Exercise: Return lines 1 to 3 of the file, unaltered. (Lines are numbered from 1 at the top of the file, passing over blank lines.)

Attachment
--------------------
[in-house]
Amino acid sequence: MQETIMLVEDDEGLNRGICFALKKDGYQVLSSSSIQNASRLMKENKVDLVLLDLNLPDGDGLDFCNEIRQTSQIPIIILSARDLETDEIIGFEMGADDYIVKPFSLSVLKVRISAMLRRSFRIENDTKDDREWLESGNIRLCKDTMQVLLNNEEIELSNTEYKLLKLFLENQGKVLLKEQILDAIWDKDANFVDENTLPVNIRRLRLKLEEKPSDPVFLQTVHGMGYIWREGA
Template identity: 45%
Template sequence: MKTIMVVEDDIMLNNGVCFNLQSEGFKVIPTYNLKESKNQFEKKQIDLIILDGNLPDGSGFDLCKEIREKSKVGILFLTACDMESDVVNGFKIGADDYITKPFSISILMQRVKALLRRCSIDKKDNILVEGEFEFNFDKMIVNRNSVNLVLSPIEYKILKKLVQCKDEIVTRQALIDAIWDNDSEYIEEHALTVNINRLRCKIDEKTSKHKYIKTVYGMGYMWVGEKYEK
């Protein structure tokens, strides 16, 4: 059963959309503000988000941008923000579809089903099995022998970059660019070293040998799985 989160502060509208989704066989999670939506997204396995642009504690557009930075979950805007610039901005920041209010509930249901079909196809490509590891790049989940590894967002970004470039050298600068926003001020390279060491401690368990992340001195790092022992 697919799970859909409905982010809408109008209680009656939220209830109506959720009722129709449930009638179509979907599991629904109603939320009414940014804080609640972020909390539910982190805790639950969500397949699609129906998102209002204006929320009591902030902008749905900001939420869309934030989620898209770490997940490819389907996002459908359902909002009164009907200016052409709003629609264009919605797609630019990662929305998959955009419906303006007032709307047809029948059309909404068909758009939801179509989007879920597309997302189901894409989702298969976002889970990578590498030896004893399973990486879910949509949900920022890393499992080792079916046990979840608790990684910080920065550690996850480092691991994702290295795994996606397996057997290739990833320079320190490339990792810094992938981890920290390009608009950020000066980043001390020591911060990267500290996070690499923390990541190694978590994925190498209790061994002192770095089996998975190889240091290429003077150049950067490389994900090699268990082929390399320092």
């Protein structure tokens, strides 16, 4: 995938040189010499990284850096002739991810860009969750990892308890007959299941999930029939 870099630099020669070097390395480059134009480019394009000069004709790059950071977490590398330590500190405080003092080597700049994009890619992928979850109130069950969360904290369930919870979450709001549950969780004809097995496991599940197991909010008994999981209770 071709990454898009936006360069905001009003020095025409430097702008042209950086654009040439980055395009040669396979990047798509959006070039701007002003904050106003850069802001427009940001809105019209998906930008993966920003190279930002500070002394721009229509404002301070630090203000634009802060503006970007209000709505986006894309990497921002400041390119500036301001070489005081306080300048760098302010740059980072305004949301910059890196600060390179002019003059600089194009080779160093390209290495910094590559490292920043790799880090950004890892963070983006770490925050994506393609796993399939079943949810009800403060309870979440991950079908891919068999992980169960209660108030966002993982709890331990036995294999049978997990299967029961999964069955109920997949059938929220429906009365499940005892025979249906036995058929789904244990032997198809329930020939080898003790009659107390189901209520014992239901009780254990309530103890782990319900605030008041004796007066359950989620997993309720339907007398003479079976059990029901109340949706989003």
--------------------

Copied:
[in-house]
Amino acid sequence: MQETIMLVEDDEGLNRGICFALKKDGYQVLSSSSIQNASRLMKENKVDLVLLDLNLPDGDGLDFCNEIRQTSQIPIIILSARDLETDEIIGFEMGADDYIVKPFSLSVLKVRISAMLRRSFRIENDTKDDREWLESGNIRLCKDTMQVLLNNEEIELSNTEYKLLKLFLENQGKVLLKEQILDAIWDKDANFVDENTLPVNIRRLRLKLEEKPSDPVFLQTVHGMGYIWREGA
Template identity: 45%